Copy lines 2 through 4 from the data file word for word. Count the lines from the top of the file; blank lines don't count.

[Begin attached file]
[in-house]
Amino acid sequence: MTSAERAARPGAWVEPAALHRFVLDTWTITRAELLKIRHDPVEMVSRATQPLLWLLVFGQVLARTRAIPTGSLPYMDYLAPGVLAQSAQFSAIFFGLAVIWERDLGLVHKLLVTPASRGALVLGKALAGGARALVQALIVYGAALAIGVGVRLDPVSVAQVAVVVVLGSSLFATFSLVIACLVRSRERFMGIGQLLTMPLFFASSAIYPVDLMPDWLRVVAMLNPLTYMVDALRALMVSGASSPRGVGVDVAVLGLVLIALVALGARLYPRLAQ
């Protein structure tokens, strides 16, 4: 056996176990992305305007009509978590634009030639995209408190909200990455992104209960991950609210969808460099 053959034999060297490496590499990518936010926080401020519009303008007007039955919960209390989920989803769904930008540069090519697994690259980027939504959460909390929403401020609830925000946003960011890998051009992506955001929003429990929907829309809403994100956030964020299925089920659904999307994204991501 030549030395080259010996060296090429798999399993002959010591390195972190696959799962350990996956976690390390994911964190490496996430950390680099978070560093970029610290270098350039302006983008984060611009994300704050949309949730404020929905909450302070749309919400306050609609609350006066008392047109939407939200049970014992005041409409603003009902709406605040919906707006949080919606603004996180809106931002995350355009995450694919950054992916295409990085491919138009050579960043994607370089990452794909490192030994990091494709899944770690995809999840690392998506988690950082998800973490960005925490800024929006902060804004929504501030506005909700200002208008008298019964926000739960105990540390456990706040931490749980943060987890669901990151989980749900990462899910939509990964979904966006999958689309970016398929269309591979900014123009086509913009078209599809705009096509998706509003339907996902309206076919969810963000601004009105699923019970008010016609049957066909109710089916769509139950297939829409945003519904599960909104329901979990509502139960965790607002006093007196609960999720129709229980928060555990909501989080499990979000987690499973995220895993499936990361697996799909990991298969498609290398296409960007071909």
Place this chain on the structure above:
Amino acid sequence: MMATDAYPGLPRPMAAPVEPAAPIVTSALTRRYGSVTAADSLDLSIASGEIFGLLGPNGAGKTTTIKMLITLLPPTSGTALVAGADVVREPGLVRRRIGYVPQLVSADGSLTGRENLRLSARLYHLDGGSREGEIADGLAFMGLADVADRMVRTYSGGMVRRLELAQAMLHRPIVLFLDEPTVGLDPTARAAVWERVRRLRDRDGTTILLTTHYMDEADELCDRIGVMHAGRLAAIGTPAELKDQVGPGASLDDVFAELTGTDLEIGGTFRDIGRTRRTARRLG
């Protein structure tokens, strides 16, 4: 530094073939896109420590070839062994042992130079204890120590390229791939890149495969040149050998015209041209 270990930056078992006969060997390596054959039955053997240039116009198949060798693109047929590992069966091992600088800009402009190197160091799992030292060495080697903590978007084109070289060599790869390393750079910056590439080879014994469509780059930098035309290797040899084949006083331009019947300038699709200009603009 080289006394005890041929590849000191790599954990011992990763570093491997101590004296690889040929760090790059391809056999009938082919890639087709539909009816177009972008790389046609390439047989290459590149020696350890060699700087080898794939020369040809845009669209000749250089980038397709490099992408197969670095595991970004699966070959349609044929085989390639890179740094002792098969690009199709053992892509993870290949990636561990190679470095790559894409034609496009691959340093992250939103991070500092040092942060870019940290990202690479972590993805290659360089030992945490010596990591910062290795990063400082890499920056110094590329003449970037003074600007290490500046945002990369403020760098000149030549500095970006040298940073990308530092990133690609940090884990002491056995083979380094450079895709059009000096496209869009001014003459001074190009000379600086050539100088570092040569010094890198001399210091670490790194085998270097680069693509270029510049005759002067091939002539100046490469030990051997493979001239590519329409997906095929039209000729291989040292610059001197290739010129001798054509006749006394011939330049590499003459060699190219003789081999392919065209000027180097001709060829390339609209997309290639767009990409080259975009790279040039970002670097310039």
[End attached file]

Amino acid sequence: MTSAERAARPGAWVEPAALHRFVLDTWTITRAELLKIRHDPVEMVSRATQPLLWLLVFGQVLARTRAIPTGSLPYMDYLAPGVLAQSAQFSAIFFGLAVIWERDLGLVHKLLVTPASRGALVLGKALAGGARALVQALIVYGAALAIGVGVRLDPVSVAQVAVVVVLGSSLFATFSLVIACLVRSRERFMGIGQLLTMPLFFASSAIYPVDLMPDWLRVVAMLNPLTYMVDALRALMVSGASSPRGVGVDVAVLGLVLIALVALGARLYPRLAQ
């Protein structure tokens, strides 16, 4: 056996176990992305305007009509978590634009030639995209408190909200990455992104209960991950609210969808460099 053959034999060297490496590499990518936010926080401020519009303008007007039955919960209390989920989803769904930008540069090519697994690259980027939504959460909390929403401020609830925000946003960011890998051009992506955001929003429990929907829309809403994100956030964020299925089920659904999307994204991501 030549030395080259010996060296090429798999399993002959010591390195972190696959799962350990996956976690390390994911964190490496996430950390680099978070560093970029610290270098350039302006983008984060611009994300704050949309949730404020929905909450302070749309919400306050609609609350006066008392047109939407939200049970014992005041409409603003009902709406605040919906707006949080919606603004996180809106931002995350355009995450694919950054992916295409990085491919138009050579960043994607370089990452794909490192030994990091494709899944770690995809999840690392998506988690950082998800973490960005925490800024929006902060804004929504501030506005909700200002208008008298019964926000739960105990540390456990706040931490749980943060987890669901990151989980749900990462899910939509990964979904966006999958689309970016398929269309591979900014123009086509913009078209599809705009096509998706509003339907996902309206076919969810963000601004009105699923019970008010016609049957066909109710089916769509139950297939829409945003519904599960909104329901979990509502139960965790607002006093007196609960999720129709229980928060555990909501989080499990979000987690499973995220895993499936990361697996799909990991298969498609290398296409960007071909």
Place this chain on the structure above: